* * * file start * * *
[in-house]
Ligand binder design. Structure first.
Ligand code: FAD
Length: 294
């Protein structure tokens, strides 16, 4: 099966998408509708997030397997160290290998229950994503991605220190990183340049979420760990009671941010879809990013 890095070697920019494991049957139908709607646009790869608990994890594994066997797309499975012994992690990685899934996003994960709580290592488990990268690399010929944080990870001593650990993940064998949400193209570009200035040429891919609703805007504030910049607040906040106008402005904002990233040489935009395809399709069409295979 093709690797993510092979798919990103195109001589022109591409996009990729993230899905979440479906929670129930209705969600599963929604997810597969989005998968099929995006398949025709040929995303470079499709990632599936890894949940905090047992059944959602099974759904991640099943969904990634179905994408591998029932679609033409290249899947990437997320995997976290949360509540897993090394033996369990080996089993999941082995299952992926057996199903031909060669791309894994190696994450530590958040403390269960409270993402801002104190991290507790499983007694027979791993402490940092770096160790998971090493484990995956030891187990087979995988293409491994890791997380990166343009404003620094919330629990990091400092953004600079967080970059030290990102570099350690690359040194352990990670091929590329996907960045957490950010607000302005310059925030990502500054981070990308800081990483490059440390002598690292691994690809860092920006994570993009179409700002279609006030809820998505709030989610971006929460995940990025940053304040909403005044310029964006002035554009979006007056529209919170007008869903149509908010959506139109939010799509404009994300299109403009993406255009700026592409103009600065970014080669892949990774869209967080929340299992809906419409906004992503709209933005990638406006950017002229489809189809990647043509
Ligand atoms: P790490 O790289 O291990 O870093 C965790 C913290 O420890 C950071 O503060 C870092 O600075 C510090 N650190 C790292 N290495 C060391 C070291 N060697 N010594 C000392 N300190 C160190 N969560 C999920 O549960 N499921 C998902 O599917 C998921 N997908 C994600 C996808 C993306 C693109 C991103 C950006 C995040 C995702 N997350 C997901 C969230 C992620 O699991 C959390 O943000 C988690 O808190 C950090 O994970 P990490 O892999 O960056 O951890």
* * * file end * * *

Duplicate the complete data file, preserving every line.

[in-house]
Ligand binder design. Structure first.
Ligand code: FAD
Length: 294
């Protein structure tokens, strides 16, 4: 099966998408509708997030397997160290290998229950994503991605220190990183340049979420760990009671941010879809990013 890095070697920019494991049957139908709607646009790869608990994890594994066997797309499975012994992690990685899934996003994960709580290592488990990268690399010929944080990870001593650990993940064998949400193209570009200035040429891919609703805007504030910049607040906040106008402005904002990233040489935009395809399709069409295979 093709690797993510092979798919990103195109001589022109591409996009990729993230899905979440479906929670129930209705969600599963929604997810597969989005998968099929995006398949025709040929995303470079499709990632599936890894949940905090047992059944959602099974759904991640099943969904990634179905994408591998029932679609033409290249899947990437997320995997976290949360509540897993090394033996369990080996089993999941082995299952992926057996199903031909060669791309894994190696994450530590958040403390269960409270993402801002104190991290507790499983007694027979791993402490940092770096160790998971090493484990995956030891187990087979995988293409491994890791997380990166343009404003620094919330629990990091400092953004600079967080970059030290990102570099350690690359040194352990990670091929590329996907960045957490950010607000302005310059925030990502500054981070990308800081990483490059440390002598690292691994690809860092920006994570993009179409700002279609006030809820998505709030989610971006929460995940990025940053304040909403005044310029964006002035554009979006007056529209919170007008869903149509908010959506139109939010799509404009994300299109403009993406255009700026592409103009600065970014080669892949990774869209967080929340299992809906419409906004992503709209933005990638406006950017002229489809189809990647043509
Ligand atoms: P790490 O790289 O291990 O870093 C965790 C913290 O420890 C950071 O503060 C870092 O600075 C510090 N650190 C790292 N290495 C060391 C070291 N060697 N010594 C000392 N300190 C160190 N969560 C999920 O549960 N499921 C998902 O599917 C998921 N997908 C994600 C996808 C993306 C693109 C991103 C950006 C995040 C995702 N997350 C997901 C969230 C992620 O699991 C959390 O943000 C988690 O808190 C950090 O994970 P990490 O892999 O960056 O951890």